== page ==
Middle East

Oil prices are up to $115 a barrel for Brent crude on the basis of market fears that western governments will not be able to limit their involvement in Syria to a few missile strikes shot from warships located safely offshore and that the Sunni-Shia conflict will spread across the Middle East. The forward market is suggesting that spot prices will go even higher.

Maybe. The western involvement certainly looks ill-prepared and lacking in strategic purpose. The response to what is happening in Syria from the US, in particular, reminds me of the impotent response of the dying Ottoman regime to the gradual collapse of its empire across the Middle East in the years before the first world war. Read more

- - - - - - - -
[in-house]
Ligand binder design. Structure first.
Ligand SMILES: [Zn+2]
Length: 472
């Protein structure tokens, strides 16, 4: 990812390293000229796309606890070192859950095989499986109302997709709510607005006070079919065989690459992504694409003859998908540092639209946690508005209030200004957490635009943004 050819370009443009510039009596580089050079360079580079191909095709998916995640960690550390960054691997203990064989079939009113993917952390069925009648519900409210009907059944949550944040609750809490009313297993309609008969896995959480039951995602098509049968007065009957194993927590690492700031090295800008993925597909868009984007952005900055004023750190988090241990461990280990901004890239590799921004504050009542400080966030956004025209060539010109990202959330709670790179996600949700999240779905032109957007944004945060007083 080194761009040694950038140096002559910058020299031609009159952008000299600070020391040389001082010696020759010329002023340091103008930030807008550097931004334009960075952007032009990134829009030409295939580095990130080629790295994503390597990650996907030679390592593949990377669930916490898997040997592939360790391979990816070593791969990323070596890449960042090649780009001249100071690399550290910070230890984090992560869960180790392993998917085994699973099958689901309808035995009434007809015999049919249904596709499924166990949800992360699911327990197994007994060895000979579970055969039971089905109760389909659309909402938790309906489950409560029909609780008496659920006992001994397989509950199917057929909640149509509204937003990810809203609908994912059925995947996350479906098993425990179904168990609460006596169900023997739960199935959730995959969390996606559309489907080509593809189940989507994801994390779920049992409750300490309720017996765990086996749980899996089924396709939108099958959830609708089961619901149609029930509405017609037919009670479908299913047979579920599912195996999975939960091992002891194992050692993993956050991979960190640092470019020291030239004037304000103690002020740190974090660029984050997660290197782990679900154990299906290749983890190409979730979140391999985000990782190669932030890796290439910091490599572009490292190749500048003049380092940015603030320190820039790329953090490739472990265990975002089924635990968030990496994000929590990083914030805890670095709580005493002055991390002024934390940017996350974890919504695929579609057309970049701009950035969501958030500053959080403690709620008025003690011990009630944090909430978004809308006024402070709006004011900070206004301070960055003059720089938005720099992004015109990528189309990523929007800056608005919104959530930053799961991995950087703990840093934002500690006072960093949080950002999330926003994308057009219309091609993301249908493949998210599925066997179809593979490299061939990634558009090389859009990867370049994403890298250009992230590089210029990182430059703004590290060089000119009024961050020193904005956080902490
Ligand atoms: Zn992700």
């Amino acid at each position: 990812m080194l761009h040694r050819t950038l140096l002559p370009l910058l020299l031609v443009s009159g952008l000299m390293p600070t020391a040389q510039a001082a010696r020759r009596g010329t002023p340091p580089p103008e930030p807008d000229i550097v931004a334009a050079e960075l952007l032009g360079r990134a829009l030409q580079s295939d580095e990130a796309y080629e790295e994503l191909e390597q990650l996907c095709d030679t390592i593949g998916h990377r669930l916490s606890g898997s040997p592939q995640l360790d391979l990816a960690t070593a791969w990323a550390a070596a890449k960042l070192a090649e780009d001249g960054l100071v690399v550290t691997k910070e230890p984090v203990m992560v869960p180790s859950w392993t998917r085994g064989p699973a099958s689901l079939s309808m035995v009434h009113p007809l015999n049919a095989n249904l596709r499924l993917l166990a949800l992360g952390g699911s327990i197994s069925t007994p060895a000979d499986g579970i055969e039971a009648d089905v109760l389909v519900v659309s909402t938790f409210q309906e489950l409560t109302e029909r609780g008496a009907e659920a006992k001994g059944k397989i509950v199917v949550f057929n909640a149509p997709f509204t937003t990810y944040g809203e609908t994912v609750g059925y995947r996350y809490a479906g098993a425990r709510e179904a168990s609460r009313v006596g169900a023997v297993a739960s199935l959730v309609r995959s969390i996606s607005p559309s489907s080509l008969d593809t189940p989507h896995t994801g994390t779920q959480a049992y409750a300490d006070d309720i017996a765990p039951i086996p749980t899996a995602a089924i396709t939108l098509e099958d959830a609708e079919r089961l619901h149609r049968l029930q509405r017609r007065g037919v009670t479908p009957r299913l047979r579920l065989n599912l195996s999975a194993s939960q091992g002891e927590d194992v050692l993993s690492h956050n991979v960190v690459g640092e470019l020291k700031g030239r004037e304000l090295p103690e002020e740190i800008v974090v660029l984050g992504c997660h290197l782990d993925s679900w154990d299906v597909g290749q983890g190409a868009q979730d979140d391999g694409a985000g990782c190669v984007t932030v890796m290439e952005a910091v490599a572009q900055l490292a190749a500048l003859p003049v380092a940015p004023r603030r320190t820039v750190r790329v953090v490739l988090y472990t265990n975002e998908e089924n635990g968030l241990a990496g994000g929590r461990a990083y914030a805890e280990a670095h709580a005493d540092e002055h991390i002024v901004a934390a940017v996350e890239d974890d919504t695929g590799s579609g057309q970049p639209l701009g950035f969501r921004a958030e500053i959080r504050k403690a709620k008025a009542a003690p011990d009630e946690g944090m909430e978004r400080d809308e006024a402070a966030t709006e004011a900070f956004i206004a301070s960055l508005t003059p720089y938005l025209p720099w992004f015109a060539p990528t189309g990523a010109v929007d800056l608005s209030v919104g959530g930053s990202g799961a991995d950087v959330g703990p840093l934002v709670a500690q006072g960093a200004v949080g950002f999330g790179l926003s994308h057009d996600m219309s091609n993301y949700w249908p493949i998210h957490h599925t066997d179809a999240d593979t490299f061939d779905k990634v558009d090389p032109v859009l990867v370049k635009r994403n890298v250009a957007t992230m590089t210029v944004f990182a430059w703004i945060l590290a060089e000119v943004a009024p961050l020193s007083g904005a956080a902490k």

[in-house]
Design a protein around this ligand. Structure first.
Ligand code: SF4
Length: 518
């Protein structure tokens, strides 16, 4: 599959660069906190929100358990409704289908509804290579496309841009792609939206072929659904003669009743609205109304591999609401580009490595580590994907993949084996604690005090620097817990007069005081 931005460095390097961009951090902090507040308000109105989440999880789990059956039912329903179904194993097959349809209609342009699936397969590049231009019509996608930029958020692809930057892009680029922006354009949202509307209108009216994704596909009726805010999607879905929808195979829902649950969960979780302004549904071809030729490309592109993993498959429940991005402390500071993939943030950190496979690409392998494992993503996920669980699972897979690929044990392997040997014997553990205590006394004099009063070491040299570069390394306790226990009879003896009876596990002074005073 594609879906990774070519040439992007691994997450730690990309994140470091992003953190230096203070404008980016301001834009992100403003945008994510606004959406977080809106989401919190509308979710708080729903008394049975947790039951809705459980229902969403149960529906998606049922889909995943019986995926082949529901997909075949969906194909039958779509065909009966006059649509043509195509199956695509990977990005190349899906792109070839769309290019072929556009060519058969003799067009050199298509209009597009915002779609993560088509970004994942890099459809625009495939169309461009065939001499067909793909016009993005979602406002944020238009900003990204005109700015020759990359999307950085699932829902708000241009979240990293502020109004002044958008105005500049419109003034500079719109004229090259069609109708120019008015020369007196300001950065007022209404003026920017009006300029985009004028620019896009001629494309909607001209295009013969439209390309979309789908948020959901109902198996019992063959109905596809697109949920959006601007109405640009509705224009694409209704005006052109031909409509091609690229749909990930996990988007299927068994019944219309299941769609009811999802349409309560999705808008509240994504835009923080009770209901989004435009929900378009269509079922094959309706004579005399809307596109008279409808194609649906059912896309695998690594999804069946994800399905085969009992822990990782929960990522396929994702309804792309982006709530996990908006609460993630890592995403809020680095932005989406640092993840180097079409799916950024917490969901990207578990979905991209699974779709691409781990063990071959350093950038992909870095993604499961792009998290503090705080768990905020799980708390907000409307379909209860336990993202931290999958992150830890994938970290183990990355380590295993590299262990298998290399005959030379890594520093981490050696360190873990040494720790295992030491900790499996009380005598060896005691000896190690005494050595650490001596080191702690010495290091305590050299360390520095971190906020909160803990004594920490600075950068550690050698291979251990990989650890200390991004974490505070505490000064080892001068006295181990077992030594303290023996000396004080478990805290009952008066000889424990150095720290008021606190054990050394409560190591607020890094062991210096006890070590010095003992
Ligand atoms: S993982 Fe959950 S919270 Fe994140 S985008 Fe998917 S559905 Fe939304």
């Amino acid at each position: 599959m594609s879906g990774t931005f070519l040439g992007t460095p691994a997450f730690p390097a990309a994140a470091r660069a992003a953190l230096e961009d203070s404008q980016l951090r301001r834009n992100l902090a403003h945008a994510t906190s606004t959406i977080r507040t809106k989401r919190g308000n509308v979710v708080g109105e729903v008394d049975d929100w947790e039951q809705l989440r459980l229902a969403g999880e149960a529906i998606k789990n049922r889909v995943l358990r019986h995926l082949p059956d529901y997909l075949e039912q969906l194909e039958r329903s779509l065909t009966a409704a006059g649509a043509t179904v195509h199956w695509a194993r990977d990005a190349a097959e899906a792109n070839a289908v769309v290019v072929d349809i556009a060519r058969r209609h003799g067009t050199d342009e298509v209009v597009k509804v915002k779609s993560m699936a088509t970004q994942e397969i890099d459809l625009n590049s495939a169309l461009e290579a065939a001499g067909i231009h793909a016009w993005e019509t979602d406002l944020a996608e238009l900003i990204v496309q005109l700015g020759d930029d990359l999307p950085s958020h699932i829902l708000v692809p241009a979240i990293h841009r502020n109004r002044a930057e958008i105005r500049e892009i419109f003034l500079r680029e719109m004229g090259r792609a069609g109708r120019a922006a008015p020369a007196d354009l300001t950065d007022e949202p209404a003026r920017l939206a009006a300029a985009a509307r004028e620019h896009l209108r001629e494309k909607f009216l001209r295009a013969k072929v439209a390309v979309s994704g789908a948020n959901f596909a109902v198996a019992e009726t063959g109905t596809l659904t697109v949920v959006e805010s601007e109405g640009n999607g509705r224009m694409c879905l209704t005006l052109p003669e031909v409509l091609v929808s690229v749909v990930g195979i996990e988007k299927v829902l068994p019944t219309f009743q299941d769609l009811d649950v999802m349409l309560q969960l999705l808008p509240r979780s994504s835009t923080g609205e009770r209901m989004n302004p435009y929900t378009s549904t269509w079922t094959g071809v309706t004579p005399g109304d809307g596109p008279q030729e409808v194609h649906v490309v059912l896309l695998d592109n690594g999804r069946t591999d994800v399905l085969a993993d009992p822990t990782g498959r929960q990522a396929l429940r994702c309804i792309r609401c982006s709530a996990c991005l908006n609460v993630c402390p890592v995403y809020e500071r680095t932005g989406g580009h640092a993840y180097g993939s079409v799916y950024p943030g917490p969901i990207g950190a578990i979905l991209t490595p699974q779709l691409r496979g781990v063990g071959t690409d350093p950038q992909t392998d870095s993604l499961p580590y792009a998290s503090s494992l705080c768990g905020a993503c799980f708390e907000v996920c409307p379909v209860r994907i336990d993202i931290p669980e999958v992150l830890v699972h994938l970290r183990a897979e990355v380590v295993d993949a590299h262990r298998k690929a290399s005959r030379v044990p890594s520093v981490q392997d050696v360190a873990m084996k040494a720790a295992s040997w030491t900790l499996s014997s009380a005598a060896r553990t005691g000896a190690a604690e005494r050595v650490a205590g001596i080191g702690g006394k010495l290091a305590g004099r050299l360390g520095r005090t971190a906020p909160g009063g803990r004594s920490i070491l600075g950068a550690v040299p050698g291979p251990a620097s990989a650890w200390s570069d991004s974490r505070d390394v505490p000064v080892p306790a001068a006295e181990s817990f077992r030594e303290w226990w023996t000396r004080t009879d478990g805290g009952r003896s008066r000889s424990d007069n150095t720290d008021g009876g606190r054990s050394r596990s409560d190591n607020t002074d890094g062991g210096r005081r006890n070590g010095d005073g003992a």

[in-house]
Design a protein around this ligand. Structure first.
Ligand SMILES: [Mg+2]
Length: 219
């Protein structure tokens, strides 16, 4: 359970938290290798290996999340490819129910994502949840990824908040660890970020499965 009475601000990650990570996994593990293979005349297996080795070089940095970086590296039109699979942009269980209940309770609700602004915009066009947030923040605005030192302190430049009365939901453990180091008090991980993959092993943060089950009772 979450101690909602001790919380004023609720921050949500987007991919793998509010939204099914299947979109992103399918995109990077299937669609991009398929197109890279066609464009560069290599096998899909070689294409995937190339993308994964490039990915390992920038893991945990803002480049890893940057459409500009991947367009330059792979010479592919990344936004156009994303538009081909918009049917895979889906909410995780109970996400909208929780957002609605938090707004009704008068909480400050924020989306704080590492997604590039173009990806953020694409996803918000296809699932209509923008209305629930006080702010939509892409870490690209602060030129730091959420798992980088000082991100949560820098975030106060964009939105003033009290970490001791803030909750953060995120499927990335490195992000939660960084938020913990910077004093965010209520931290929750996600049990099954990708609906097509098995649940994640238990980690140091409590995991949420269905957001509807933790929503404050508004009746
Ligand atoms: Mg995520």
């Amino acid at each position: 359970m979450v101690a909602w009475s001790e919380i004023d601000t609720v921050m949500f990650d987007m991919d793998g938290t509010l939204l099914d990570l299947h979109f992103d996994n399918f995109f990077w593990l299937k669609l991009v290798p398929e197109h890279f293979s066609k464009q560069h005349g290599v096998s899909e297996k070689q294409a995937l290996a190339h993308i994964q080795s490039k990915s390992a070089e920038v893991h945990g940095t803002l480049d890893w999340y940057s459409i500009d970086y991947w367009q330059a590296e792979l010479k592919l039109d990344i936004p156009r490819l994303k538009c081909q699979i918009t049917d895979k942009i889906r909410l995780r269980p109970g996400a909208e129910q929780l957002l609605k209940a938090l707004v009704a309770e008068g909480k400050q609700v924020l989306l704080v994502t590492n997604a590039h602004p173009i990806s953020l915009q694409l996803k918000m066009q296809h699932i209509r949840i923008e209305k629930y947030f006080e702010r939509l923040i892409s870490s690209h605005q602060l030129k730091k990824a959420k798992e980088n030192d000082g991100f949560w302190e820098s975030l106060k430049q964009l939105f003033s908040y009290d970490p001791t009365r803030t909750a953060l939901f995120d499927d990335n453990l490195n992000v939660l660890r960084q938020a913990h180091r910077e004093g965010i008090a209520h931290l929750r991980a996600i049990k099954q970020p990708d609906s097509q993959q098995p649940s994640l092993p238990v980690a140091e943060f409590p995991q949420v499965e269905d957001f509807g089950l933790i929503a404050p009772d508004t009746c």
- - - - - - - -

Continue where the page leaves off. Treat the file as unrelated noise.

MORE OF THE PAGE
Success always brings its own burdens. The Chinese economy has grown in real terms by around 8 or 9 per cent a year since 1980. Some 800 million people have been lifted out of subsistence. Dozens of new cities have been built. The country is now one of the world’s great economic powers even if it is still not allowed to join the G8. And growth continues. China is the world’s biggest building site.

One of the burdens which has come with economic success is the need to import oil. China has found very little oil, despite extensive exploration efforts – especially in the South China sea. Net imports have therefore risen steadily from zero twenty years ago to 5.6m barrels a day last month. Read more